natural history. The limerick is plugged

response to them. It is this difference


into a carceral network that includes

which makes Ross’ s arguments most

not only the prison and the madhouse

interesting, but also most vulnerable.

The first part of the book presents
synchronic readings; as Lecercle notes,

The underlabouring in Ross’ s argument is well executed: he engages

but also the museum. More elaborately,

Like MacIntyre in After Virtue,

he shows how the discourse of educa-

Ross begins by deriding the moral self-

R.M. Hare, MacIntyre, cultural rela-

tion, the formation he calls the School,

confidence of the modern West. From

tivism, Sartre (as accessory to liberal

was ‘steeped in nonsense’; nonsense

incisively with C.L. Stevenson and

government level down to everyday

moral non-direction), Adam Smith, and

texts simultaneously subvert and sup-

ethics-speak, he argues, our sense of

the libertarian New Right. But on a

port the values of Victorian education.

moral superiority over other cultures

larger scale, his most promising themes

Lecercle sets out a theory of

founds itself not upon commitment to,

are also the most frustrating. If Kant

pastiche to elucidate this dual action of

or knowledge of, any coherent frame-

and Rousseau are latent presences in

challenge and endorsement, which is

work of values, but on an inhibiting

the otherwise impoverished moral

characteristic of the fusion of apparent

moral scepticism. ‘Knowledge’ and

scene of the fin-de-siecle, Ross doesn’t

opposites invariably accomplished by

‘virtue’ no longer correlate: sentimen-

really show us where they’re hiding.

nonsense. Crucially, the nostalgia of

tality replaces objectivity as moral

Indeed, his most polemical, and best,

such writing coincides with antici-

motivator; and value judgement is

chapters discount any notion of getting

pation of ‘a more advanced state of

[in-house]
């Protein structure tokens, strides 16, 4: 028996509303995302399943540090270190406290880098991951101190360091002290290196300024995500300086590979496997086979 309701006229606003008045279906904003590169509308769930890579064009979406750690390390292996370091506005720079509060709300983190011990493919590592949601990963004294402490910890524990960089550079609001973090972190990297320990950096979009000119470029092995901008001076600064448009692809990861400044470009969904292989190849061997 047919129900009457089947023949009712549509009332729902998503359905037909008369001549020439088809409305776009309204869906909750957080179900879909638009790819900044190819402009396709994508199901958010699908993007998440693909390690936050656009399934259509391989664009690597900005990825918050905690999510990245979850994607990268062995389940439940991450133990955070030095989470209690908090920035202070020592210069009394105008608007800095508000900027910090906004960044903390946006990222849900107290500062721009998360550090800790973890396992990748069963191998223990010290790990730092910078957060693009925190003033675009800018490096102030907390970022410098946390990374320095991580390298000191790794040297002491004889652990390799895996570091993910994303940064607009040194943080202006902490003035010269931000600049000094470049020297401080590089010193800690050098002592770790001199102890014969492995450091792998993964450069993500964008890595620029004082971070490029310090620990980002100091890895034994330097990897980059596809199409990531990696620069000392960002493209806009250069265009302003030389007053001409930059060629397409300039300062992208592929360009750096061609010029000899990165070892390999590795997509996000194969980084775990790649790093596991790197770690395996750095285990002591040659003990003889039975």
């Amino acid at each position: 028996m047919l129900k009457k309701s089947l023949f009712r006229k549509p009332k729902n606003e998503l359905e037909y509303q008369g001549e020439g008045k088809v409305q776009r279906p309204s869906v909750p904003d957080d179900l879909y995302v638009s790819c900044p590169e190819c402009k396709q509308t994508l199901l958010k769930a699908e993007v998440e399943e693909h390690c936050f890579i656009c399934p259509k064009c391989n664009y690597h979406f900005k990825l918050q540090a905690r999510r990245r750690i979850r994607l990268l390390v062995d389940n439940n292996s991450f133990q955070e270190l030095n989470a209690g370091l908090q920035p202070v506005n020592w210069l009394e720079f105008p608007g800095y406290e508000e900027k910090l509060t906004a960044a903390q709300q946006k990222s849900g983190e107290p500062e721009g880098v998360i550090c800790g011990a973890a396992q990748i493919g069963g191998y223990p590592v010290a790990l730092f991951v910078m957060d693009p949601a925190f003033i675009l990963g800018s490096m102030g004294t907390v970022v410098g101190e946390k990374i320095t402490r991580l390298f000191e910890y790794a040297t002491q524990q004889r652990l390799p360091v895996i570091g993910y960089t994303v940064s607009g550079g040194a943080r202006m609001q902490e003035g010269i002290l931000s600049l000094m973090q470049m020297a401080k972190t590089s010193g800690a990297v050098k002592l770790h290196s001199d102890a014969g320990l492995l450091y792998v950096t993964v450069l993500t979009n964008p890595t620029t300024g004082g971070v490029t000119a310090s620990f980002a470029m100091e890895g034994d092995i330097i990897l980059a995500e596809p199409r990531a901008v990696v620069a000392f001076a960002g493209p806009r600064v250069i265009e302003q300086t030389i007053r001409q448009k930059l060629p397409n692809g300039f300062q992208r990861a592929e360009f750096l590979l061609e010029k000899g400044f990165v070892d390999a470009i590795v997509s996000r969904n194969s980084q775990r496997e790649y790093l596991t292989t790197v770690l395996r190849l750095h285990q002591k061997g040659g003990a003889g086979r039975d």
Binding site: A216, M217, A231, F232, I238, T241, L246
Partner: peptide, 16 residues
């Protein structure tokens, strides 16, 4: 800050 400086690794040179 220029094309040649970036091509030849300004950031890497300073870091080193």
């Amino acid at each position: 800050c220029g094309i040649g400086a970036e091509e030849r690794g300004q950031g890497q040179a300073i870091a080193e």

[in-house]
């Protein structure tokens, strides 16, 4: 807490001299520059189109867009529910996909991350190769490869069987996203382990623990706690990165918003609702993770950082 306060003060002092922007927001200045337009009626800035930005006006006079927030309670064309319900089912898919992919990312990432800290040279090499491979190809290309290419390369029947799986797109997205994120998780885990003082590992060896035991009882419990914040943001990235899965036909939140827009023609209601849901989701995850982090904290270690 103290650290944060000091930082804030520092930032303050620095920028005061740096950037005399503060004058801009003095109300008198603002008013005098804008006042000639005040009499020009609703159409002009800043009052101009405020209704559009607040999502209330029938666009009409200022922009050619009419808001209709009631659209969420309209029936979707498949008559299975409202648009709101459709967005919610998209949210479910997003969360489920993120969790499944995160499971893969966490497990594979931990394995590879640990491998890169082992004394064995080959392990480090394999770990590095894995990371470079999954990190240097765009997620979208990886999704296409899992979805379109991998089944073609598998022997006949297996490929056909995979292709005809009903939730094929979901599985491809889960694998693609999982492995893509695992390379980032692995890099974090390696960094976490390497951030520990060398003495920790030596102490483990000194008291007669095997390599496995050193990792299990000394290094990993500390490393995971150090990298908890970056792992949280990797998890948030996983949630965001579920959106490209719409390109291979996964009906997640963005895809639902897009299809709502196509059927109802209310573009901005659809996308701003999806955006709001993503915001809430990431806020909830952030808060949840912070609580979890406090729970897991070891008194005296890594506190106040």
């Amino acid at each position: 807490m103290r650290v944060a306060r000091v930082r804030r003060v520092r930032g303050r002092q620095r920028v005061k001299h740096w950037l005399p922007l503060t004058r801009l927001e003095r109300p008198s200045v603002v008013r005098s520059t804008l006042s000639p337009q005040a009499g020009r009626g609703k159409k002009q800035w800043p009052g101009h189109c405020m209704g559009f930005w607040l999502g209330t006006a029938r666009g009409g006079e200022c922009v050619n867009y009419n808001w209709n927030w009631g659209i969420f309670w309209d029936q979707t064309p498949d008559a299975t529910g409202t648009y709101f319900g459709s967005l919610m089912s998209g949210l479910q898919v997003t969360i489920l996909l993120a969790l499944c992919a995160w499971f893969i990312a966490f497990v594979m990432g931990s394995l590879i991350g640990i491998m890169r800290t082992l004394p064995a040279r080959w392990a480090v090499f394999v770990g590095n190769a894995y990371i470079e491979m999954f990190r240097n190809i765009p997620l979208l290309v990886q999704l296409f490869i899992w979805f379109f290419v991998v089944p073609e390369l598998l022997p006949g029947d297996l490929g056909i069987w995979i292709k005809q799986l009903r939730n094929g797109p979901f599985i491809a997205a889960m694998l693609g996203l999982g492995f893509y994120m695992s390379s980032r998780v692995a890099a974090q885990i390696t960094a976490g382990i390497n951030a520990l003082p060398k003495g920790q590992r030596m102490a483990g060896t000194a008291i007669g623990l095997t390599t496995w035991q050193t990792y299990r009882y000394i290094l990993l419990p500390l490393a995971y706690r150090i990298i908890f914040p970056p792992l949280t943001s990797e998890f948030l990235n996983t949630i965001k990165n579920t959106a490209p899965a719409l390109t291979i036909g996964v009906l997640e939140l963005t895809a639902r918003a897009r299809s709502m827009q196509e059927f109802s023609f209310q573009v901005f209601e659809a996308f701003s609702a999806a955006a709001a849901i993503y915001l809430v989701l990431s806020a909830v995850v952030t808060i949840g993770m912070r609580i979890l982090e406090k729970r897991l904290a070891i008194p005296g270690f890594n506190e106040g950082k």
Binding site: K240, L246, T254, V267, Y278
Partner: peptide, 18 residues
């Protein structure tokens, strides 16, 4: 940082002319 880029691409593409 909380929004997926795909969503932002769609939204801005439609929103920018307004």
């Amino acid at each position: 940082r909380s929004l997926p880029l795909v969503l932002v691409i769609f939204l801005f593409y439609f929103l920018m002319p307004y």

rendered an entirely subjective affair.

substantive moral sustenance from the

knowledge and understanding’; the

Rejecting MacIntyre’s proposition of a

socio-economic status quo.


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So where does the vital collectivist



Mouffe, Deleuze and Guattari, and

This indifference to counterfactual

impulse come from exactly? Ross

Melucci. Deleuze and Guattari’s idea

difficulties (Which movements? What

insists, as he probably must, that the

of the subject as a ‘desiring machine’

conceivable unity? What justifica-

grammar and functioning of everyday

is extended by Jordan into social form

tions?) enables him to make a new

ethical conversation indicate ‘a groping

– social movements are associations of

theoretical case, even if its immediate

towards rationality, to objective justi-

desiring subjects banded together to


fiability’. But I am not sure that the fact

overthrow or resist oppression. They

limited. (It is curious to choose a




that we still use the word ‘virtue’ is

construct social identities, narratives

metaphor – bootstraps – whose literal

enough to dig us out of the moral hole

and memories of their struggles to help

meaning implies failure.) But one

he has us in. While right to distance

them. The problem for the Left is that

might also ask, why have a radical

himself from

its earlier dominant form of collective

politics at all, if it is in no rational



premodernism, Ross falters when it

action – the working-class movement

relationship to the oppressions and in-

comes to elaborating his own alterna-